Now our rough, tough, MAKE AMERICA GREAT AGAIN president is…whining?

Pathetic. But it probably plays to his hard core supporters because, well, many of them are also whiny little victims. A great explanation is here: (and he uses a King Solomon story to help make his point)

Upshot: remember those pitiful “what has happened to my country” whines when President Obama was in office? (if you want to be nauseated, watch at 1:15)

They had an idea of what their country was like (no, it never was that way), and they had a skilled con man running to saying “he would make it great again” by…well, sticking it to the liberals. Sure the real agenda is the same as it always was (tax cuts for the wealthiest among us), and they sold it to the base by, well, attacking people like me.

So that brings me to the Democrats.

And I’ll say it: as evil as I think the elite Republican mission is (the tax cuts for the wealthy above all else), they are better politicians than we are. And their “message to the base” is an easier sale; all one has to do is to cherry pick a few ridiculous college campus incidents to get people fired up about how ridiculous liberals are (like this one)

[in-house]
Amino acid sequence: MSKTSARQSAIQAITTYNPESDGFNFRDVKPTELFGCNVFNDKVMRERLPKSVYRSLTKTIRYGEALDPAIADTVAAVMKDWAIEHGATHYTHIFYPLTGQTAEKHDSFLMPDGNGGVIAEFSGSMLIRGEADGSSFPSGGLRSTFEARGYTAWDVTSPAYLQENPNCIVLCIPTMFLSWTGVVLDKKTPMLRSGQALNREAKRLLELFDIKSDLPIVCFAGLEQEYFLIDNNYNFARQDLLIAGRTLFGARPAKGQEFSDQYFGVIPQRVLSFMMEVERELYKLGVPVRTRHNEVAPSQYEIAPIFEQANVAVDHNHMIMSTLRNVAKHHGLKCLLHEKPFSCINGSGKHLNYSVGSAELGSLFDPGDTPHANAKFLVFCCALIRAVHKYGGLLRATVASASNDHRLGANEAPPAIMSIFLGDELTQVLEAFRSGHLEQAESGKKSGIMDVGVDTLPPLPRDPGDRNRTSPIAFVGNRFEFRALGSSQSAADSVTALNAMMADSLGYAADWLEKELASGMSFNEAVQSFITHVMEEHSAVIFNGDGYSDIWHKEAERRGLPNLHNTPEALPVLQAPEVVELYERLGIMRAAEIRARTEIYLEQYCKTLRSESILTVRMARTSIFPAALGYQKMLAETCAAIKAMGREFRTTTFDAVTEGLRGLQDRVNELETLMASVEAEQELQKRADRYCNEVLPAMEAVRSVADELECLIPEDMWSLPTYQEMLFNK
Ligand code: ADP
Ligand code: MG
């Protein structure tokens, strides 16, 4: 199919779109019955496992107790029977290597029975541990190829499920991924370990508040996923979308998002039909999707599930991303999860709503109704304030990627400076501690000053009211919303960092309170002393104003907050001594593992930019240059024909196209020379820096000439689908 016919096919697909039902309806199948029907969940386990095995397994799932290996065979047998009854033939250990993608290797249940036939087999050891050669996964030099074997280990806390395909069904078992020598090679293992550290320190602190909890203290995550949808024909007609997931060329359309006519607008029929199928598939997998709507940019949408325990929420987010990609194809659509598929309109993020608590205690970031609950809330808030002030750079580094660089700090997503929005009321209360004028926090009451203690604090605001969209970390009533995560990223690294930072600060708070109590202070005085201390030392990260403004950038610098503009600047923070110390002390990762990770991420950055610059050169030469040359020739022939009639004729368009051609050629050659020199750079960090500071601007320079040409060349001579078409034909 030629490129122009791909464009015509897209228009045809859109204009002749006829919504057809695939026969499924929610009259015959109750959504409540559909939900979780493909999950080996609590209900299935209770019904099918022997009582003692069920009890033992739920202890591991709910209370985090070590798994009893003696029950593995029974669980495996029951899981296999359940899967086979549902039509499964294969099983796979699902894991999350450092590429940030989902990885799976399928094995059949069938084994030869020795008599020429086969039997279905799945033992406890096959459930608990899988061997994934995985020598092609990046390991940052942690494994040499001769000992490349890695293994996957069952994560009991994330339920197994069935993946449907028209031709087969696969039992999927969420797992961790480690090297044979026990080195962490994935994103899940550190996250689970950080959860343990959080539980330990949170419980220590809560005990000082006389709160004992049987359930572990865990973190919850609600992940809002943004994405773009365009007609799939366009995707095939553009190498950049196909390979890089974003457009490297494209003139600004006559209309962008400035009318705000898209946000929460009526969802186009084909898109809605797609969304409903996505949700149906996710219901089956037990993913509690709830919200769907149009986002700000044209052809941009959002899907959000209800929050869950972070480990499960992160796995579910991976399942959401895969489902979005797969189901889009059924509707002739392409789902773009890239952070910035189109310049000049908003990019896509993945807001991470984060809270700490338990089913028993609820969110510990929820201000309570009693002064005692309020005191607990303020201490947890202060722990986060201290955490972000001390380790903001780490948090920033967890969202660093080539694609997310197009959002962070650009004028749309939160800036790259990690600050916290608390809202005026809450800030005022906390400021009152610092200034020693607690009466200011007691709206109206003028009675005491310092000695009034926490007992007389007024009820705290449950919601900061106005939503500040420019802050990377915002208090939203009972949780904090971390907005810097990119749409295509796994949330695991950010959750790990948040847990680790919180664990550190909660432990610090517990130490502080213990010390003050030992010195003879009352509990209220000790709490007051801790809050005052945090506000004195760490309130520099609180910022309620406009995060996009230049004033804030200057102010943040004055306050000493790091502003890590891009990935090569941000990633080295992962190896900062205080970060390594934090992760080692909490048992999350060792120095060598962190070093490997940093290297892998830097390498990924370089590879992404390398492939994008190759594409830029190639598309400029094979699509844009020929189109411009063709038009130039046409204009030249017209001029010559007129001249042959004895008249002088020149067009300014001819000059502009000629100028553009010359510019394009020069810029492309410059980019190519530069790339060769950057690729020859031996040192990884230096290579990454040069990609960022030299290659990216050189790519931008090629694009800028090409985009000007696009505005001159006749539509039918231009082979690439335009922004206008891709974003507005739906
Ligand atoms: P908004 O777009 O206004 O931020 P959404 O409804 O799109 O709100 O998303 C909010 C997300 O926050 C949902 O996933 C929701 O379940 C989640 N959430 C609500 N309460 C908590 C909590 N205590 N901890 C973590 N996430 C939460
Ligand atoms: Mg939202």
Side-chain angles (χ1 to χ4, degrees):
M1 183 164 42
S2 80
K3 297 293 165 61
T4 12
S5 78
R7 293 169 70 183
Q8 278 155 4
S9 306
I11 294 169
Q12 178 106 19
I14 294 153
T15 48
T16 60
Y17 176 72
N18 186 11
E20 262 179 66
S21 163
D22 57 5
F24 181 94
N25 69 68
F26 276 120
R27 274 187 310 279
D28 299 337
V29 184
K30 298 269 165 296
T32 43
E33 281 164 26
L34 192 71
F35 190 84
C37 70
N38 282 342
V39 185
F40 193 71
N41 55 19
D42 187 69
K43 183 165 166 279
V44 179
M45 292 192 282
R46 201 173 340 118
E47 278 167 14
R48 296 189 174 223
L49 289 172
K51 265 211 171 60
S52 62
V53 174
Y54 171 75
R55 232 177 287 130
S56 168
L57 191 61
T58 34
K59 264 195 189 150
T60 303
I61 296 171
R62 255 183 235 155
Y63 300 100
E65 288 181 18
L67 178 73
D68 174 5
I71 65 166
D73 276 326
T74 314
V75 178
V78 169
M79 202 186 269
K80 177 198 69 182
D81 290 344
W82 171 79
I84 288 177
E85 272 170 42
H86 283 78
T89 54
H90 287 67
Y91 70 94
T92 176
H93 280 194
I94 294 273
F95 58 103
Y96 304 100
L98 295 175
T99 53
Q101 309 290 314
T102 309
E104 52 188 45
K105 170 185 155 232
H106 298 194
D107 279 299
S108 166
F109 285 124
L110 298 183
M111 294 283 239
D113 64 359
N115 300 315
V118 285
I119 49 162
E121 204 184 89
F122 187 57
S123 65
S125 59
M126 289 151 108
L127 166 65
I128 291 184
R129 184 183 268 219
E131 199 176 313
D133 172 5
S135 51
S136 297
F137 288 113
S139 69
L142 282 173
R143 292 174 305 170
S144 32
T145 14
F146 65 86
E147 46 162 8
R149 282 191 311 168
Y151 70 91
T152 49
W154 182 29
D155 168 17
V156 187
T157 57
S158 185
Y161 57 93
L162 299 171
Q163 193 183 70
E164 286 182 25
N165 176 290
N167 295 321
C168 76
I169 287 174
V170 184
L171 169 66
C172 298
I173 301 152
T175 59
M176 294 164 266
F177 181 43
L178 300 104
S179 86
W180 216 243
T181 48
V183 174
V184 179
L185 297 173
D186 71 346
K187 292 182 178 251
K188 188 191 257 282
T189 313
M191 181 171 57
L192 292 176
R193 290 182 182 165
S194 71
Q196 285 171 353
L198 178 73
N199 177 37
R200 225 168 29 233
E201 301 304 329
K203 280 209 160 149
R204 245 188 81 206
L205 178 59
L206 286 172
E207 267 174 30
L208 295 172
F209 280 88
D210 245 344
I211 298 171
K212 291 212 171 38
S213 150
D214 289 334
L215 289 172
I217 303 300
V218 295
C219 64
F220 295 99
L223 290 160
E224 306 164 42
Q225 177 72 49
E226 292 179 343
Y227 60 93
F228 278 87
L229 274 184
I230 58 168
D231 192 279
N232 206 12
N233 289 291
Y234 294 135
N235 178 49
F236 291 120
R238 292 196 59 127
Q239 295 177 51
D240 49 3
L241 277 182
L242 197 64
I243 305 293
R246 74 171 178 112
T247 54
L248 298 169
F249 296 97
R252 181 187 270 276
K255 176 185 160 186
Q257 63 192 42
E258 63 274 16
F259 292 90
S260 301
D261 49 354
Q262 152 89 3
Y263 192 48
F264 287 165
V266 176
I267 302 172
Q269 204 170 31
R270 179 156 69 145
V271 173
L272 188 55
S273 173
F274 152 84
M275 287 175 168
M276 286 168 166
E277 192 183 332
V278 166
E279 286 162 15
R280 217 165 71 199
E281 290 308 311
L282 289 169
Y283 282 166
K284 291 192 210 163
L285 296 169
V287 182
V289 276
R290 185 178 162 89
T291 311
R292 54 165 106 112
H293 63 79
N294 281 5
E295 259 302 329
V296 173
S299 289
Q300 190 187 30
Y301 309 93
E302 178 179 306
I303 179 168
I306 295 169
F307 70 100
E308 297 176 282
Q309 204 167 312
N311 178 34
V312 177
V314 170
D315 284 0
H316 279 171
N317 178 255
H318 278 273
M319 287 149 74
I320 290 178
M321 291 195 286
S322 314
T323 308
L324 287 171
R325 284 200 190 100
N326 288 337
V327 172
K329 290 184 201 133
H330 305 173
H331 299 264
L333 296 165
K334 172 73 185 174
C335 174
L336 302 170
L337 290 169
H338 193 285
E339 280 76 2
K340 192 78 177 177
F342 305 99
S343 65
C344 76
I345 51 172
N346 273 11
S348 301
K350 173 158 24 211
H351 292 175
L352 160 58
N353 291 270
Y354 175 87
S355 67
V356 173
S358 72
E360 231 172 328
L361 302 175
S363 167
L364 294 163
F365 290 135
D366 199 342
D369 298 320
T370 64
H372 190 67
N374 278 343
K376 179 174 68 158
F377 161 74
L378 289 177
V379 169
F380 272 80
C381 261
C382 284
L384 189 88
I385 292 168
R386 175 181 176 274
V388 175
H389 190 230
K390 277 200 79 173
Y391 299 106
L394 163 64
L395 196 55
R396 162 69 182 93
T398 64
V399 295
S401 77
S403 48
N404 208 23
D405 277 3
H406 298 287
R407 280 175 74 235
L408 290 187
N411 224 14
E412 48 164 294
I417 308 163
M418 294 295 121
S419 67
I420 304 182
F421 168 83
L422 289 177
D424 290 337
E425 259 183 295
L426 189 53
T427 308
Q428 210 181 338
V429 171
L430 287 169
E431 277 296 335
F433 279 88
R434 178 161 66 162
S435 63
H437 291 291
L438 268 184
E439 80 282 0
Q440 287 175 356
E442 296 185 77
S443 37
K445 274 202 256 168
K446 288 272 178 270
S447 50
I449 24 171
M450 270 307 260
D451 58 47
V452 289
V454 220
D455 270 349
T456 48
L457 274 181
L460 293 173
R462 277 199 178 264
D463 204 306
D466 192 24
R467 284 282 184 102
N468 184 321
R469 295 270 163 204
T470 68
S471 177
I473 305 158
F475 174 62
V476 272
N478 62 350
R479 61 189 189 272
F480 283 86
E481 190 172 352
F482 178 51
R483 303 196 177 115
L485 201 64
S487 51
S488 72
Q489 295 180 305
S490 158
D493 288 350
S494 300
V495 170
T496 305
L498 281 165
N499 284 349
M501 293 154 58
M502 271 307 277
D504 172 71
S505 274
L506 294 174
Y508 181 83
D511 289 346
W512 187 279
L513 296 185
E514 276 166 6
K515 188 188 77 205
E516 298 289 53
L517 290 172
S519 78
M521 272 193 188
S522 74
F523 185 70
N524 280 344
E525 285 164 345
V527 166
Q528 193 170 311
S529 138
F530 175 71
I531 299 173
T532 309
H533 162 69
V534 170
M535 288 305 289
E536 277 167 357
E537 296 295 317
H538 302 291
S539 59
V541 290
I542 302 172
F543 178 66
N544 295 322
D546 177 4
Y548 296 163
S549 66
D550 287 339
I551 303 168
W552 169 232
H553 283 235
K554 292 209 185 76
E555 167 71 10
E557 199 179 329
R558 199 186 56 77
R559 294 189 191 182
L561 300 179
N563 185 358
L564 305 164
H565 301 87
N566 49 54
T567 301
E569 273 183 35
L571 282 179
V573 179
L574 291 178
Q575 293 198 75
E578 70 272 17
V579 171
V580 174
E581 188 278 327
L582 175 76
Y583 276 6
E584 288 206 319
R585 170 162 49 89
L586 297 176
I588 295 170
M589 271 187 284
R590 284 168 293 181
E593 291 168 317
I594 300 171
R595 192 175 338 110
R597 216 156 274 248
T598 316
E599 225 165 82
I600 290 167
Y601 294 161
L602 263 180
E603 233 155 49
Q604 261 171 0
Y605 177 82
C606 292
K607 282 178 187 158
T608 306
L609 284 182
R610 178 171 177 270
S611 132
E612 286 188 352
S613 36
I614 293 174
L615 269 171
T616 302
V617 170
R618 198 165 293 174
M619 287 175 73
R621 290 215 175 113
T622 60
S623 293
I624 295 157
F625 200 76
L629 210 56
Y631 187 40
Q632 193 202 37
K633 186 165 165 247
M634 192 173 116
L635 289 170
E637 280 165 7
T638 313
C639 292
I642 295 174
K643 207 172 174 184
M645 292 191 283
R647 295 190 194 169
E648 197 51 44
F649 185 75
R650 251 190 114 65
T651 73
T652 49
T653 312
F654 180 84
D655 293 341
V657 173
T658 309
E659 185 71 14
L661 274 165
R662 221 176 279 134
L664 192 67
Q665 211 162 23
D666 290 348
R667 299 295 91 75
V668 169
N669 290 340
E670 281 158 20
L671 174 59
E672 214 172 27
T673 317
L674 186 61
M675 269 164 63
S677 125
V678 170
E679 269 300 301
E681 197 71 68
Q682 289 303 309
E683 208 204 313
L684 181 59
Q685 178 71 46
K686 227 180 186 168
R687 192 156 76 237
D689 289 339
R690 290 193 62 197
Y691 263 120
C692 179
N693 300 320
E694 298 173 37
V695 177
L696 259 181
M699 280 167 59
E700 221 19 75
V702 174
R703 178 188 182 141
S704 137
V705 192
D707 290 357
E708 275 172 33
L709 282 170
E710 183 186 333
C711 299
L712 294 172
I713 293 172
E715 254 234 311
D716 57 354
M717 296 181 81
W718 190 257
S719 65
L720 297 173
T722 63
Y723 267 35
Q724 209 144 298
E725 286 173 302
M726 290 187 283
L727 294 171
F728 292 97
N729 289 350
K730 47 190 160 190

(for the record: there are crackpot professors…but it has gotten so ridiculous that people who have never set foot in a college classroom see fit to tell me what goes on in colleges and how *I* brainwash students into not working hard, hating American, etc.)

So, what are Democrats about? We are supposed to be about a society that works for all, including the less talented, the disabled, the poor, the sick, those born into tough circumstances, etc.